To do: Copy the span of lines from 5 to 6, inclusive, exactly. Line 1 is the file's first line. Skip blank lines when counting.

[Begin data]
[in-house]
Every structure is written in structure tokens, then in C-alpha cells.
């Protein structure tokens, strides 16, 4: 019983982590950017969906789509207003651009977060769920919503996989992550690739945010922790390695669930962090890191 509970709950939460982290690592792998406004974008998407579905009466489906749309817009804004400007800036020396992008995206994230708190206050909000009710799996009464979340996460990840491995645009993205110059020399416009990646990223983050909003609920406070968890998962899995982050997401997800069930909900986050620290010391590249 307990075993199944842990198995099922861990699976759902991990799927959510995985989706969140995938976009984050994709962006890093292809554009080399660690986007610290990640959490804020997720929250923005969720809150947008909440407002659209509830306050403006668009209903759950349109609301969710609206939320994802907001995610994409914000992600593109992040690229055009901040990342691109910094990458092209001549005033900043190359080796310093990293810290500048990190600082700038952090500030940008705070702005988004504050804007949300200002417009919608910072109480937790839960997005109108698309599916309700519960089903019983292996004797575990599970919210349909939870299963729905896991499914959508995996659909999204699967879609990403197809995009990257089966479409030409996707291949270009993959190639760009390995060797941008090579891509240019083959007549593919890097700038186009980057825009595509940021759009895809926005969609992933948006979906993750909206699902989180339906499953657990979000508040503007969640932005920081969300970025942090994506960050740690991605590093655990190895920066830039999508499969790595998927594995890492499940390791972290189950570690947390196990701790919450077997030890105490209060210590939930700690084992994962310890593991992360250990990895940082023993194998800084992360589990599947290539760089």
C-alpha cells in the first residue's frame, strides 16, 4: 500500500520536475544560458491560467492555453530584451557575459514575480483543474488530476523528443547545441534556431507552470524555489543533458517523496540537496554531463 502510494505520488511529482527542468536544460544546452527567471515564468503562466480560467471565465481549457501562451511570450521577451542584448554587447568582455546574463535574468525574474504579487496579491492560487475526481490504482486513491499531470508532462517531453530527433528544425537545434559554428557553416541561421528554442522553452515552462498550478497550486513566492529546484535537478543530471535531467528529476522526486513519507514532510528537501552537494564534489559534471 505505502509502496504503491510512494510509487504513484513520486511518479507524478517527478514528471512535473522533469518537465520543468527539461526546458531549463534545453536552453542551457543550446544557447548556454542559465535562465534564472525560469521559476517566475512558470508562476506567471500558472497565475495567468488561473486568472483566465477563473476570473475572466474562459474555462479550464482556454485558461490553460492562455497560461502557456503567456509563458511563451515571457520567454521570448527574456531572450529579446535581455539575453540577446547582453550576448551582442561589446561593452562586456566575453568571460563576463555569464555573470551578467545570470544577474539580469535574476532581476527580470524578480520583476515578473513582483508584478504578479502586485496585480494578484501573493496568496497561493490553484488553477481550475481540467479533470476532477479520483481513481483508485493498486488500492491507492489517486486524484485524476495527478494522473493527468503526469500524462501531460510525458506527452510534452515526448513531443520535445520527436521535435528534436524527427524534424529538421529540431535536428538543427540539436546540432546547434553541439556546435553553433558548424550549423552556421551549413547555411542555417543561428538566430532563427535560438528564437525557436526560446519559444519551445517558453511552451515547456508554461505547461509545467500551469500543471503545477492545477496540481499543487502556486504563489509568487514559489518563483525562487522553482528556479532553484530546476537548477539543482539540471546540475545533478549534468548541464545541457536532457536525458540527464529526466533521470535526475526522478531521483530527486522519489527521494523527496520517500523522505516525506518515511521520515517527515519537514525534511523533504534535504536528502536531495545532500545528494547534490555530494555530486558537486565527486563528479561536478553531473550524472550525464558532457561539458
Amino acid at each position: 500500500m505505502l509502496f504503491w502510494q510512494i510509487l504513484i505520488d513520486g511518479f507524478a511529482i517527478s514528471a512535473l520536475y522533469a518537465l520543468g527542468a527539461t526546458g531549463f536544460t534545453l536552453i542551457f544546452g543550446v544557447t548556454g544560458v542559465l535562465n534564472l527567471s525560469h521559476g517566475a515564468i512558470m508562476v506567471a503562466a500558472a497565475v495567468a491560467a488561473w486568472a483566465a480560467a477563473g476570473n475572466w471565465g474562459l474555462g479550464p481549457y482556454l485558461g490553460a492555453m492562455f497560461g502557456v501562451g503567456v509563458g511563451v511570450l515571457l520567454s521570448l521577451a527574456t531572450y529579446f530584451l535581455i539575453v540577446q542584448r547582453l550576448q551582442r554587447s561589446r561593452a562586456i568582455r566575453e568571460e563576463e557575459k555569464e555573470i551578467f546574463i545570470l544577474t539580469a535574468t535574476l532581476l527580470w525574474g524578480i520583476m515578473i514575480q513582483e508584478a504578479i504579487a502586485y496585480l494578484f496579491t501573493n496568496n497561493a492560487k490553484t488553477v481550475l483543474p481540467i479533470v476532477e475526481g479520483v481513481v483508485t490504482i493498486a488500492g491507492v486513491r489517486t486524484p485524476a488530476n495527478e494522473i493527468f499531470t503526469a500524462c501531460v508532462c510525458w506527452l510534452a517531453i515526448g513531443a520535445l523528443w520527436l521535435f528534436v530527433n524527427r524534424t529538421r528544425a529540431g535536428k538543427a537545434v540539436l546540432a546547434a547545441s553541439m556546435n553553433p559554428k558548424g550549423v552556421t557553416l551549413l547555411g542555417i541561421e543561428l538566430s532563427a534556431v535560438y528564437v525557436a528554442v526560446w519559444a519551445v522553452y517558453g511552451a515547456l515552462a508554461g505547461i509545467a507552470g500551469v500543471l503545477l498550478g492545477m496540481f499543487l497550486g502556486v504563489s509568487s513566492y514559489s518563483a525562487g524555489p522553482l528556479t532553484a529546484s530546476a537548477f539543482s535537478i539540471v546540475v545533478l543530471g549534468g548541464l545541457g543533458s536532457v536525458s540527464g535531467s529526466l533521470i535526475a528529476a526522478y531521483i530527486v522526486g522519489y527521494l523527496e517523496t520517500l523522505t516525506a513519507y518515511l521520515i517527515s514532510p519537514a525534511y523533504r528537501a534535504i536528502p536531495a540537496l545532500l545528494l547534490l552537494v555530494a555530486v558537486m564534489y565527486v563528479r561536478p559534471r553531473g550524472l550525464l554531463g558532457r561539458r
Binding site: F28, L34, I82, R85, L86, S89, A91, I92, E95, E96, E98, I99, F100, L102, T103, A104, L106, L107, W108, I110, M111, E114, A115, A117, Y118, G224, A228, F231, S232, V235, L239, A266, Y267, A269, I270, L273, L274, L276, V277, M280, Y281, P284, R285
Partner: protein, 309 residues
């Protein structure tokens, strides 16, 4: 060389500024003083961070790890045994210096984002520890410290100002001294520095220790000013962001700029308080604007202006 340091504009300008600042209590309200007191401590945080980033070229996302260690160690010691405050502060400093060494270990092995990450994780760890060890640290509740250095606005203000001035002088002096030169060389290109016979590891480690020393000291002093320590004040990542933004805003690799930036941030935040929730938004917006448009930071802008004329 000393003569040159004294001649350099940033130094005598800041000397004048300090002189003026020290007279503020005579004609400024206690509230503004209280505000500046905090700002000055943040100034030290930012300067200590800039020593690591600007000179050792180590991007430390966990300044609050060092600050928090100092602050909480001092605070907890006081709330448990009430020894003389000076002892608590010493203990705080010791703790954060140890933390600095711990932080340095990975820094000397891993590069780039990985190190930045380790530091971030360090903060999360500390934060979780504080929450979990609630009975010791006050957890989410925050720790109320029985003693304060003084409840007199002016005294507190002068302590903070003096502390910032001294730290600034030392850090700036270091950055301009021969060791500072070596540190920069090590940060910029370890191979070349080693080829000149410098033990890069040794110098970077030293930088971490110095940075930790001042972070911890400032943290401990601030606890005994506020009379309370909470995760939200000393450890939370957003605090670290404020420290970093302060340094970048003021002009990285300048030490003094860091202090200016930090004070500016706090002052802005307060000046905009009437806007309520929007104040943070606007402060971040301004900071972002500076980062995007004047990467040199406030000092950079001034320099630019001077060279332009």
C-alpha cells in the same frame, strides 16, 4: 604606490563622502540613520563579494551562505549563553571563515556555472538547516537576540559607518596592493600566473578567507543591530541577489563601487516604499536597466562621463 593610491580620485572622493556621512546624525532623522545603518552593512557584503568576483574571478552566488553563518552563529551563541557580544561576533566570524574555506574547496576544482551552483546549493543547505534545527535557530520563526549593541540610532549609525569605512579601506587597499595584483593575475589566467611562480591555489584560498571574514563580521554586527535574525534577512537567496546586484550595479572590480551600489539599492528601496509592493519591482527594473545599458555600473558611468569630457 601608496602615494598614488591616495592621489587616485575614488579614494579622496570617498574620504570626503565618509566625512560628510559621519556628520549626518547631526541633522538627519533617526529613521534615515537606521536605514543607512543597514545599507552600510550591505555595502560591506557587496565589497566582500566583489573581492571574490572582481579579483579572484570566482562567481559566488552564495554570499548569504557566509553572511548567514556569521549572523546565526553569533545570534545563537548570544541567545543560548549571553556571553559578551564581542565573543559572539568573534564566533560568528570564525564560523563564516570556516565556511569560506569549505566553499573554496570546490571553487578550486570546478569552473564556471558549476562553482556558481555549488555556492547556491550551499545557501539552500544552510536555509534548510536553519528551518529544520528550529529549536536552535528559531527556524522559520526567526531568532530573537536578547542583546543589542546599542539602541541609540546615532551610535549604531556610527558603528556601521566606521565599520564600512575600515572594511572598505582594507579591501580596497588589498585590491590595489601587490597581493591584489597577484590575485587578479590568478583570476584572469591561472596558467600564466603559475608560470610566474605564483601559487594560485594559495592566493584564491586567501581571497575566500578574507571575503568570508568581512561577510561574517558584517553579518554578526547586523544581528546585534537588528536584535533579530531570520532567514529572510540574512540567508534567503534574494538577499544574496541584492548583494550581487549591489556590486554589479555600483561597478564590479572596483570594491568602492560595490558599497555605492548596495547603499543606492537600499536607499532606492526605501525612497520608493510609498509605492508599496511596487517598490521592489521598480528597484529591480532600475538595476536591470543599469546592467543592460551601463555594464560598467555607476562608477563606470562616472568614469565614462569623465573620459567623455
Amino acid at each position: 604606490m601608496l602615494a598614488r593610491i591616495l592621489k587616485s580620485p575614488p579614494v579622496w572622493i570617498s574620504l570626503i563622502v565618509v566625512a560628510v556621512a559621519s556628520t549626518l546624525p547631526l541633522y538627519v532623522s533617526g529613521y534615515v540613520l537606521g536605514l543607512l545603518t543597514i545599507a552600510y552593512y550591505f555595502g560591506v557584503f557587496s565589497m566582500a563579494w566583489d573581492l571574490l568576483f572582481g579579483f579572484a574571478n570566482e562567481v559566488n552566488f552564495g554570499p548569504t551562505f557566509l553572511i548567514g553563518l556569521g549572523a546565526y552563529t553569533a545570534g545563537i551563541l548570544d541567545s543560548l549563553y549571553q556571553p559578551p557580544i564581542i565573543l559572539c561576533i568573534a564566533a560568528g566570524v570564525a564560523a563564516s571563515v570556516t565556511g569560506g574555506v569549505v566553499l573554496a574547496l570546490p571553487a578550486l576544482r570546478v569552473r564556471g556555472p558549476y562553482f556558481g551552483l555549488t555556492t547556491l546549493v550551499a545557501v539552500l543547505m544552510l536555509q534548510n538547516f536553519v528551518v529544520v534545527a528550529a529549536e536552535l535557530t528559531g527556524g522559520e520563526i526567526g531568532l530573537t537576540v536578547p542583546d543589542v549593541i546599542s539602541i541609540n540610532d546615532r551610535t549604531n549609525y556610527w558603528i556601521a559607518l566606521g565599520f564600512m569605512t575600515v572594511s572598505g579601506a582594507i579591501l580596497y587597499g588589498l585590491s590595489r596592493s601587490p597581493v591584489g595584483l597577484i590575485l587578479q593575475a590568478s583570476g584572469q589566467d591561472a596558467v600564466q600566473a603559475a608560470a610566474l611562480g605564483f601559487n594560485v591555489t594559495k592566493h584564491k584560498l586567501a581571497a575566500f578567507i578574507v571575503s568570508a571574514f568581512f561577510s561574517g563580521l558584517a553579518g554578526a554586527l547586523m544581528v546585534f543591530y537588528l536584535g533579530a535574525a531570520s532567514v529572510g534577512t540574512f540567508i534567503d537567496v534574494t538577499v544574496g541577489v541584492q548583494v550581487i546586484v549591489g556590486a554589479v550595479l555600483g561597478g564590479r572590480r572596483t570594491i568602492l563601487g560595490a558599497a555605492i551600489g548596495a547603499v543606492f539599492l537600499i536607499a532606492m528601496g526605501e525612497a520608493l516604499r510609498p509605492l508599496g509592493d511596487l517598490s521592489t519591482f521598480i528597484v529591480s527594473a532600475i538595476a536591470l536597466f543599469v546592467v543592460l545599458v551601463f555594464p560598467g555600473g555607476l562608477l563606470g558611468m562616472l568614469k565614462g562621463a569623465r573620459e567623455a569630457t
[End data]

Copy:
Amino acid at each position: 500500500m505505502l509502496f504503491w502510494q510512494i510509487l504513484i505520488d513520486g511518479f507524478a511529482i517527478s514528471a512535473l520536475y522533469a518537465l520543468g527542468a527539461t526546458g531549463f536544460t534545453l536552453i542551457f544546452g543550446v544557447t548556454g544560458v542559465l535562465n534564472l527567471s525560469h521559476g517566475a515564468i512558470m508562476v506567471a503562466a500558472a497565475v495567468a491560467a488561473w486568472a483566465a480560467a477563473g476570473n475572466w471565465g474562459l474555462g479550464p481549457y482556454l485558461g490553460a492555453m492562455f497560461g502557456v501562451g503567456v509563458g511563451v511570450l515571457l520567454s521570448l521577451a527574456t531572450y529579446f530584451l535581455i539575453v540577446q542584448r547582453l550576448q551582442r554587447s561589446r561593452a562586456i568582455r566575453e568571460e563576463e557575459k555569464e555573470i551578467f546574463i545570470l544577474t539580469a535574468t535574476l532581476l527580470w525574474g524578480i520583476m515578473i514575480q513582483e508584478a504578479i504579487a502586485y496585480l494578484f496579491t501573493n496568496n497561493a492560487k490553484t488553477v481550475l483543474p481540467i479533470v476532477e475526481g479520483v481513481v483508485t490504482i493498486a488500492g491507492v486513491r489517486t486524484p485524476a488530476n495527478e494522473i493527468f499531470t503526469a500524462c501531460v508532462c510525458w506527452l510534452a517531453i515526448g513531443a520535445l523528443w520527436l521535435f528534436v530527433n524527427r524534424t529538421r528544425a529540431g535536428k538543427a537545434v540539436l546540432a546547434a547545441s553541439m556546435n553553433p559554428k558548424g550549423v552556421t557553416l551549413l547555411g542555417i541561421e543561428l538566430s532563427a534556431v535560438y528564437v525557436a528554442v526560446w519559444a519551445v522553452y517558453g511552451a515547456l515552462a508554461g505547461i509545467a507552470g500551469v500543471l503545477l498550478g492545477m496540481f499543487l497550486g502556486v504563489s509568487s513566492y514559489s518563483a525562487g524555489p522553482l528556479t532553484a529546484s530546476a537548477f539543482s535537478i539540471v546540475v545533478l543530471g549534468g548541464l545541457g543533458s536532457v536525458s540527464g535531467s529526466l533521470i535526475a528529476a526522478y531521483i530527486v522526486g522519489y527521494l523527496e517523496t520517500l523522505t516525506a513519507y518515511l521520515i517527515s514532510p519537514a525534511y523533504r528537501a534535504i536528502p536531495a540537496l545532500l545528494l547534490l552537494v555530494a555530486v558537486m564534489y565527486v563528479r561536478p559534471r553531473g550524472l550525464l554531463g558532457r561539458r
Binding site: F28, L34, I82, R85, L86, S89, A91, I92, E95, E96, E98, I99, F100, L102, T103, A104, L106, L107, W108, I110, M111, E114, A115, A117, Y118, G224, A228, F231, S232, V235, L239, A266, Y267, A269, I270, L273, L274, L276, V277, M280, Y281, P284, R285